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The online contents may or may not represent the book in its entirety, but no matter. There’s a wealth of good information here about using baking soda—alone or in combination with other simple ingredients, such as vinegar’to clean and deodorize many things around the house or garage. But that isn’t all; other tips encompass cooking, dealing with pests and pest stings or bites, and many other tasks. The Resourceful and Ingenious uses of Baking Soda is an excellent start for anyone interested in learning how to clean, sanitize, and accomplish other things inexpensively and without harsh or heavily scented products.
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A fairly young blog (begun in December 2007), Joey’s focus is “anything related to personal freedom”. He first came to my attention via a comment on my blog fairly recently, so there’s a lot of backlog for me to explore; so far, I have mostly liked what I’ve seen.
The long list of labels in his sidebar provides a nice overview of the diverse topics Joey considers in his quest to advance personal liberty. Given how wide-ranging the posts can be, exploring via that list might be the best way to acquaint oneself with the site’s content. Sometimes Joey’s efforts to summarize an ongoing conversation can make for difficult reading; if your browsing leads you to posts like that I urge you not to bail out. Other posts are short and to the point; and usually at the end of the summary on the long posts there will be new content worth considering.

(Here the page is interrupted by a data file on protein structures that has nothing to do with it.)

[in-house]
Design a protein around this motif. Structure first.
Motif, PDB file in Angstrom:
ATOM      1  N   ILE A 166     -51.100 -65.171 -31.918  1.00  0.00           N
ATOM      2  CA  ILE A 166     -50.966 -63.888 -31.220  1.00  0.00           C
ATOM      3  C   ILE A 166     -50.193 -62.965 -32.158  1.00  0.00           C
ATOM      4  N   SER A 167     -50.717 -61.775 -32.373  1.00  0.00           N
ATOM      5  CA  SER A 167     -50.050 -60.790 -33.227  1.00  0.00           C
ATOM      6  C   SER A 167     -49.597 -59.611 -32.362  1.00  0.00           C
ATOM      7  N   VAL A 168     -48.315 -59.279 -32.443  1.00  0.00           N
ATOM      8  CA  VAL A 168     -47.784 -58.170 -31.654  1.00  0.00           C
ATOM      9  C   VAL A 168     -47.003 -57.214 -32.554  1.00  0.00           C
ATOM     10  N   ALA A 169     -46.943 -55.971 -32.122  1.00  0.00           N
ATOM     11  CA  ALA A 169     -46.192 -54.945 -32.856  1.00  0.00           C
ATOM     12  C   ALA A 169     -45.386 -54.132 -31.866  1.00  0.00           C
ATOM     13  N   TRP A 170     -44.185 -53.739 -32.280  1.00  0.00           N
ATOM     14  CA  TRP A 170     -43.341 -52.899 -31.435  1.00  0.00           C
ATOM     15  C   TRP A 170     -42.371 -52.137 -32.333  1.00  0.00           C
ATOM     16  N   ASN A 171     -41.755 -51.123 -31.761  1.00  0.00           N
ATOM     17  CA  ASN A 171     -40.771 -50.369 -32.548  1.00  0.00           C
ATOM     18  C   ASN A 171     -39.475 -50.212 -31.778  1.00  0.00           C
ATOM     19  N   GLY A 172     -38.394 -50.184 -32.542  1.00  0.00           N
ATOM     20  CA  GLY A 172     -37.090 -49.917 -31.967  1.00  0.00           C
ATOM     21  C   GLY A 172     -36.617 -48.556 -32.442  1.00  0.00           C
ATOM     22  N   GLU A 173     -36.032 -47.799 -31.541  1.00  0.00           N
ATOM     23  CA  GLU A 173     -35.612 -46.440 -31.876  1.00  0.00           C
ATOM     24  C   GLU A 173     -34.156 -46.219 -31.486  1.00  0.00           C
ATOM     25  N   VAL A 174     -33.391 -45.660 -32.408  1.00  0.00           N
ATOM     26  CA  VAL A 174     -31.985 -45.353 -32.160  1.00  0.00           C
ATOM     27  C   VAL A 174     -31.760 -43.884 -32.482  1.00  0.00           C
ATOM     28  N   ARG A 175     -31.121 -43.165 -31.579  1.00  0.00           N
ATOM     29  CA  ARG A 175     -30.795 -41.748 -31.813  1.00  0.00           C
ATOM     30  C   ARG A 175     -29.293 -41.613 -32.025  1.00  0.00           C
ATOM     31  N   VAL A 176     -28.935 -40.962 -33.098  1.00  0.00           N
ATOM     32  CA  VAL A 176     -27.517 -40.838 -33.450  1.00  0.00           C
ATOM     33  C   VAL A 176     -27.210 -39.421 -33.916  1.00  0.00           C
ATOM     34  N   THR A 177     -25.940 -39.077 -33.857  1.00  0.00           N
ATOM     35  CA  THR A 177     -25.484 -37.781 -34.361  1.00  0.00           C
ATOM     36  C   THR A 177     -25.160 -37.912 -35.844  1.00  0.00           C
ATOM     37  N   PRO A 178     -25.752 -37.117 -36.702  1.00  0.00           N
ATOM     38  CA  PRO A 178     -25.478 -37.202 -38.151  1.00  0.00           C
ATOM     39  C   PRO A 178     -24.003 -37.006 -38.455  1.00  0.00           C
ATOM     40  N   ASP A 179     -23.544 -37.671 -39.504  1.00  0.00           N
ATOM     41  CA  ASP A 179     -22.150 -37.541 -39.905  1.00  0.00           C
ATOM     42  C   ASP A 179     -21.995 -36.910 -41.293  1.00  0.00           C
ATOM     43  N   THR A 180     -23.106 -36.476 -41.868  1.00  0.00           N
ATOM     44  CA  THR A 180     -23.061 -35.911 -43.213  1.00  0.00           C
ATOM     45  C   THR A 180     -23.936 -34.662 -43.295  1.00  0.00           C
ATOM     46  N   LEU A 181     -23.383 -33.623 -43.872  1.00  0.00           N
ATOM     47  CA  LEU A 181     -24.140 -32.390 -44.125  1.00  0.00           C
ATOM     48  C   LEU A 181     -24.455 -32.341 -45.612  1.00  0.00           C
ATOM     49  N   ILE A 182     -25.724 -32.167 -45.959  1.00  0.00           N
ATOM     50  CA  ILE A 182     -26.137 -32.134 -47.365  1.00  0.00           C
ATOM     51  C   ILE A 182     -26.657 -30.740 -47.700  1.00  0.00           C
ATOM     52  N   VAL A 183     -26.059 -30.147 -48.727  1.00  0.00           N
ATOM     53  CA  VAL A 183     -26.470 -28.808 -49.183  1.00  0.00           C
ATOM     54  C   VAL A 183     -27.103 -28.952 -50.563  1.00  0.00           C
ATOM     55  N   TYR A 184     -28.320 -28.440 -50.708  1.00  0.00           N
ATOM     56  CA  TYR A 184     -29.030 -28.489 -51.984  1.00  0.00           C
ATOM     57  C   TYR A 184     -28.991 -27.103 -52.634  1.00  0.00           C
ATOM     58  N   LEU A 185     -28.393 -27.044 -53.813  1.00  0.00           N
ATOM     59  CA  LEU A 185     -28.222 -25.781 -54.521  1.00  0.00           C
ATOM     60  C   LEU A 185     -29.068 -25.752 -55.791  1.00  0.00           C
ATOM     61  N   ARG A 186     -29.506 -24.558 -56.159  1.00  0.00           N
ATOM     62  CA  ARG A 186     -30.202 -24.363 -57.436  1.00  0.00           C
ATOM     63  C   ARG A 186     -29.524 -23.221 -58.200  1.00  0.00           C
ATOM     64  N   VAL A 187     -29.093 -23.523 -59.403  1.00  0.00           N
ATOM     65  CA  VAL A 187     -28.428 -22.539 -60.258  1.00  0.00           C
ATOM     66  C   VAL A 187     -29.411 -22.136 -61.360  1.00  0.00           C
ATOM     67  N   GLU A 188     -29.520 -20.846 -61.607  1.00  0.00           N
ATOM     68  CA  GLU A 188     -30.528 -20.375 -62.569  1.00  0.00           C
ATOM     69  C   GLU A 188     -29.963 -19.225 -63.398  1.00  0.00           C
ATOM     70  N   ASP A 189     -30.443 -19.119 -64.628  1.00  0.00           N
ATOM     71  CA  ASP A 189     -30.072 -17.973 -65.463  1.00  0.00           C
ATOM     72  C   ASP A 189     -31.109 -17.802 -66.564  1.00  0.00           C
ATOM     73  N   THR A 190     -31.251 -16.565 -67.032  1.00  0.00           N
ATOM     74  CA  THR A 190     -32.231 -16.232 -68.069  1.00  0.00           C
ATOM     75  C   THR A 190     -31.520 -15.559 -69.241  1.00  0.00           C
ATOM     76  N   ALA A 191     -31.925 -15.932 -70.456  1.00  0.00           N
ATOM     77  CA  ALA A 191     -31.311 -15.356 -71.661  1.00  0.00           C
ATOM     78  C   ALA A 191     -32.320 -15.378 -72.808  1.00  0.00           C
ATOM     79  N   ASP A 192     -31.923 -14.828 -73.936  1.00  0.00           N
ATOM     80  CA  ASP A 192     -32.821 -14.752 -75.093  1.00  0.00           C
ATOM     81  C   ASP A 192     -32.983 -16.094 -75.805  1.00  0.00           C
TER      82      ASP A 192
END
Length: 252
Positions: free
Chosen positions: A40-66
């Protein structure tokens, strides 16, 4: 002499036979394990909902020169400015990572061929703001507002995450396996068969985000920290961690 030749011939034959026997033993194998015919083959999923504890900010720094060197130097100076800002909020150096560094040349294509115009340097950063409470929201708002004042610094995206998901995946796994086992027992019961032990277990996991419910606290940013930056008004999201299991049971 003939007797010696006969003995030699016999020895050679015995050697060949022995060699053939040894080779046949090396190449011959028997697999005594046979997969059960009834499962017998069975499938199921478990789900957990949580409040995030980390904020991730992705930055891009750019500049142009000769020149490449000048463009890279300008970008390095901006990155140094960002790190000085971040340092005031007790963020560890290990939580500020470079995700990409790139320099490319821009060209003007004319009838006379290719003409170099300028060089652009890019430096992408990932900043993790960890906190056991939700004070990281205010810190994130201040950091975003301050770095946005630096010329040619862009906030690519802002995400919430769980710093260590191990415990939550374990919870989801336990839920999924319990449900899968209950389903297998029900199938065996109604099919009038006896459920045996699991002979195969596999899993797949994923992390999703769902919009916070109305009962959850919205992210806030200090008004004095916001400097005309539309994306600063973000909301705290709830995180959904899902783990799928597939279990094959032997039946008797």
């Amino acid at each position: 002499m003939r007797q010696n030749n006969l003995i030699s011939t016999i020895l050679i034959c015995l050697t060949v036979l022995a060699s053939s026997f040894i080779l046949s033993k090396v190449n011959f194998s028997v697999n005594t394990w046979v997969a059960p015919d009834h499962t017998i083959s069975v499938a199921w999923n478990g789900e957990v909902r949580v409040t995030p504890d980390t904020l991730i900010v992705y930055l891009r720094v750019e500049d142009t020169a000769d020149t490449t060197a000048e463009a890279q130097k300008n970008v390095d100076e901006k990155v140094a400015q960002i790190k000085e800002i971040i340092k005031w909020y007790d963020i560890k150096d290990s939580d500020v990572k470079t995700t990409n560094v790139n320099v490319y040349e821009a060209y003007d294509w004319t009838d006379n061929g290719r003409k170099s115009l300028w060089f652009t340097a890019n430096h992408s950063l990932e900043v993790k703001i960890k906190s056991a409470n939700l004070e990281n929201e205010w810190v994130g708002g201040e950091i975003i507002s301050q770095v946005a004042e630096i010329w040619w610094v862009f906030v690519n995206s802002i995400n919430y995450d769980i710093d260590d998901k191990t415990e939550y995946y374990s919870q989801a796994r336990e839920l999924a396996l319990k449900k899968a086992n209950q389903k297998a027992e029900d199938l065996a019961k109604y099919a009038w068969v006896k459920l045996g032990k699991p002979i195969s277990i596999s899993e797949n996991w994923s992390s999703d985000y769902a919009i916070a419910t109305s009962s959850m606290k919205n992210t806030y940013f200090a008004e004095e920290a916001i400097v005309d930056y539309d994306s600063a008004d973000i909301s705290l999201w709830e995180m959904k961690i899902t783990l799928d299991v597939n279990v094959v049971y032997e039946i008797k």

Site overview: Blue-themed Blogspot site that’s pretty easy on the eyes; RSS feed is available. Lots of small graphics in the right sidebar, and frequent embedding of YouTube videos in blog entries, may slow load times for some viewers. The lack of accompanying links to a vid on YouTube is a pet peeve of mine, and might also be for those who block flash files. Commenting is open to anyone who can pass the captcha test. I don’t know if the recent decline in posting frequency is due to the typical summer phenomenon, or whether Joey is losing interest in blogging. I for one hope it’s the former, as I find his ideas and perspective a refreshing change from much of pro-freedom blogging.